I find a comforting beauty in the bustle of a city. Immersing myself in the pulse of the streets, I become a brief portion of a stranger’s day. I like to gaze through the windows of coffee shops and watch the quiet movements of the people sitting behind them, inventing my own scheme of what their lives must be like. A small young woman, an aspiring artist, sits in the corner. Her gaze is lost somewhere only she can see.
My own thoughts trail. I imagine what these streets must have looked like fifty years ago – if they were as busy and filled with life. I wonder what must have occupied these old buildings before they were refilled with new people and new things and what they must have been like brand new. There was a time where people came here and saw their future.
I lived with my grandfather for two years in Lyon, France. We lived along the river Rhône in a small apartment on the fourth story of a quaint building. I shared my small bedroom with my grandfather’s dog – Cherché. I gave him that absurd nickname when I was only four years old, and it stuck. From my bedroom window, I had a perfect view of the river. The apartment was always cold, and it always smelled like coffee and his tobacco. It was my home for two years, and I have only fond memories of the place.
Free Verse – Colorful
It pours in before my eyes,
dancing and spinning.
Colors flood in,
coming in waves or streaks –
drops or splatters,
fading and changing shades.
It floods onto the page,
each note a different color,
each measure a different picture, each phrase a different story.
I see people.
I see places.
I see color.
I see music.
I can hear them sing as I walk down the corridor in the congregation hall beside them. Their voices resonate through the cathedral. I reach the door leading to the flight of stairs descending into the entrance of the cathedral. Their voices become louder. I sit down on the red carpeted stairs, my head resting against the railing. I listen. Afternoon light pours in through the stained glass windows giving the room a warm glow. Their voices soar and then soften like waves. The words they sing – a painfully beautiful poem:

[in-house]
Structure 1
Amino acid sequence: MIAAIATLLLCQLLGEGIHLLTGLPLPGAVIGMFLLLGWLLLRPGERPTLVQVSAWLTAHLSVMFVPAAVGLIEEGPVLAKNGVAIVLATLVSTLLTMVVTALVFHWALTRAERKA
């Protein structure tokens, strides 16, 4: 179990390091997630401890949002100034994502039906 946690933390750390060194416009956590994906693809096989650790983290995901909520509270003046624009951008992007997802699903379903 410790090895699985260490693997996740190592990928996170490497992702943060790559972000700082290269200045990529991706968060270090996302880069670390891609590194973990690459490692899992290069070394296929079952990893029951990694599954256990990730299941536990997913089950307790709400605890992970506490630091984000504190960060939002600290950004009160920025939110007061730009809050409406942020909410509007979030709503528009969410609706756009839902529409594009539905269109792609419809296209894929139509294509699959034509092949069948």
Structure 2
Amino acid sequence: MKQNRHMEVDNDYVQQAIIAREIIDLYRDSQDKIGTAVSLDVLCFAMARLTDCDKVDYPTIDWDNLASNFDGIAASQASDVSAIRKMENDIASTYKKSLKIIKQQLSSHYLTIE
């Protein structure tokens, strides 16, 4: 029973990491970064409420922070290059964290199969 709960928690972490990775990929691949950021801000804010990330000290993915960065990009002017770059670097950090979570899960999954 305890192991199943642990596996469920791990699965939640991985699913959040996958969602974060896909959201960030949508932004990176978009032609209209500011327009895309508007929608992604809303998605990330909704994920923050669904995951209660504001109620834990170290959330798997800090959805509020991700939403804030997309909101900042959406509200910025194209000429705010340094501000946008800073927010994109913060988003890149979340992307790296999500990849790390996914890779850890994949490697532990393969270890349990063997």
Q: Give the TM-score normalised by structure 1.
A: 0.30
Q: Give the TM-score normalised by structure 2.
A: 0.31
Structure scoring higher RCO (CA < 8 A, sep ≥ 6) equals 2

“Warm summer sun,
shine brightly here,
Warm Southern wind,
blow softly here,
Green sod above,
lie light, lie light,
Good night, dear heart;
good night, good night.”
The autumn air was pleasantly warm. The city was alive with color and lights and an indescribable energy. I crossed the cobblestone street from my apartment into Les Tuileries. The trees were a beautiful golden orange under the lamp light, and in a distance I could see the Eiffel Tower, lit up and sparkling against the dark blue sky.
It was a freezing cold morning. The air was damp and cold, the sky a drowsy gray. My oversized rubber boots rubbed against each other and squeaked as I followed behind my uncle along the dock. The dock lurched and rocked as small waves came up and pushed against its side. I looked down between the cracks in the dock and watched the waves dissipate underneath. I walked unsteadily, wary of the creaking boards. Catching up with my uncle, I grabbed hold of his hand to steady myself as we walked to his boat. His little skiff was tied near the end of the dock, calmly bobbing up and down with the waves.
The wind had begun to pick up, whipping my hair into my face. Stepping into the boat, my uncle turned around and lifted me in beside him. We hadn’t exchanged any words since we had arrived at the bay. He zipped up my coat all the way to my chin and pinched my nose. His hands were huge and rough. Untying the boat he started up the motor and pushed off from the dock.